– henginy
    Jul 20, 2011 at 9:55

Deeper, more profound answers require one to appeal to Linguistics. So I Googled "semantics of english prepositions" which revealed many references such as the following:

Applying Cognitive Linguistics to Learning the Semantics of English to, for and at: An Experimental Investigation by Andrea Tyler, Charles Mueller, Vu Ho.

At 26 pages, it is too long to reproduce here, but the following quote from p 2 of 26 (Introduction) should already convince you of and to evidence its helpfulness.

  Language teachers and researchers have long recognized that the acquisition of prepositions poses major challenges for second language learners (e.g., Celce- Murcia and Larsen-Freeman, 1999). One reason for this is that the semantics of prepositions are notoriously difficult to characterize. For instance, on first inspection, the distinction between prepositions such as over and above is quite unclear. On one hand, the sentence:
The picture is over the mantle,   is a near paraphrase of:   The picture is above the mantle.
On the other hand, the sentence:
Mary hung her jacket over the back of the chair
is interpreted as meaning something quite different than:
Mary hung her jacket above the back of the chair.
Additionally, prepositions tend to develop a complex set of extended meanings, for instance, over has developed at least 16 meanings, many of which do not appear to be systematically related. Although linguists have long been aware that prepositions develop complex polysemy networks, the meaning networks surrounding spatial markers (and the systematic processes of meaning extension from which they result) have only become the foci of linguistic inquiry in the last 20 years. Even the best descriptive grammars and dictionaries present the multiple meanings of spatial language as largely arbitrary. Traditional accounts have represented the semantics of English prepositions as arbitrary (Bloomfield, 1933; Frank, 1972; Chomsky, 1995). Consequently, pedagogical treatments have often suggested memorization as the best strategy. Studies show that accurate use of spatial language is one of the last elements learned and many highly proficient L2 speakers never attain native speaker-like use (e.g., Lam, 2009). Indeed, Lam found that L2 Spanish learners made virtually no gains in their mastery of the prepositions por and para over the course of four years of college Spanish.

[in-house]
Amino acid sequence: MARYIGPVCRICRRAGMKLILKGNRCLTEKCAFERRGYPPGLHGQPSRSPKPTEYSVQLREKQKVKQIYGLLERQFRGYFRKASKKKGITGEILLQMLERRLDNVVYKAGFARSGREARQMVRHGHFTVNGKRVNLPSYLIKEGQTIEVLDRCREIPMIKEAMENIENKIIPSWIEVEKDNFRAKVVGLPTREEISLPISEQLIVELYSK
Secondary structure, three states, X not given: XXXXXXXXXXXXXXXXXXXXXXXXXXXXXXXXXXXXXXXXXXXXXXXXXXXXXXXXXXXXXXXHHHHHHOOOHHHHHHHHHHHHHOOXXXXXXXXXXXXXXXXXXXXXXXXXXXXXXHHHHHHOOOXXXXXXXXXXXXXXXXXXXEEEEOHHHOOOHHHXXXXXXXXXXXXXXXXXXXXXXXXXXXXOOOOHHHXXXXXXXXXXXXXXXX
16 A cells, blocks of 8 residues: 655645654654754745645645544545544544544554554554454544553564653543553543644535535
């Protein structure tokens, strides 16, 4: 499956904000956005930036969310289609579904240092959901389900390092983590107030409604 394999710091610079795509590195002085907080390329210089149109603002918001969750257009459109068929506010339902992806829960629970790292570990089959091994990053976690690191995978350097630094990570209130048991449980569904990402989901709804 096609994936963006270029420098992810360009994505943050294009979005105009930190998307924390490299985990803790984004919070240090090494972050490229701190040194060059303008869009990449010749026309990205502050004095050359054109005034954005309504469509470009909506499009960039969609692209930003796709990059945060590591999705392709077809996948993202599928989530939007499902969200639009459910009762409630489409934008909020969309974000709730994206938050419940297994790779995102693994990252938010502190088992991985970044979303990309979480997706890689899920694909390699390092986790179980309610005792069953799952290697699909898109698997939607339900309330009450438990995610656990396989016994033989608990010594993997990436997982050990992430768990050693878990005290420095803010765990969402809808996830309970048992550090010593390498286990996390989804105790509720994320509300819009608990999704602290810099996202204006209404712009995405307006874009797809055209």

Cognitive Linguistics (CL) offers an alternative perspective, suggesting that the many distinct meanings associated with a particular preposition are related in systematic, principled ways (e.g., Brugman, 1988; Dewell, 1994; Dirven, 1993; Lakoff, 1987; Linder, 1982; Hawkins, 1988; Herskovits, 1986, 1988; Tyler and Evans, 2001a, 2003; Vandeloise, 1991, 1994)

Ensure to consult and try the many References on pp 22-26, which includes (on page 25) the following which I plan to read myself:

Tyler, A. & Evans, V. Reprint ed, 2007. The Semantics of English Prepositions: Spatial Scenes, Embodied Meaning and Cognition. Cambridge: Cambridge University Press.

  • 1
    Most unhelpful answer, the excerpt mentions "over" and "above" but nothing that actually helps learners understand the difference between "on" and "in". The overly long and verbose introduction is just waffle, citing books and authors and telling learners there are no fixed rules, exactly what Alan Hogue said in his answer.
    – Mari-Lou A
    Apr 6, 2016 at 8:06
  • @Mari-LouA I am troubled that you found this Most unhelpful. What other method exists to master adpositions then? Did you read the book suggested in the last paragraph? The excerpt does not state that there are no fixed rules; rather it states: Cognitive Linguistics (CL) offers an alternative perspective, suggesting that the many distinct meanings associated with a particular preposition are related in systematic, principled ways.
    – NNOX Apps
    Apr 6, 2016 at 15:29

Not the answer you're looking for? Browse other questions tagged or ask your own question.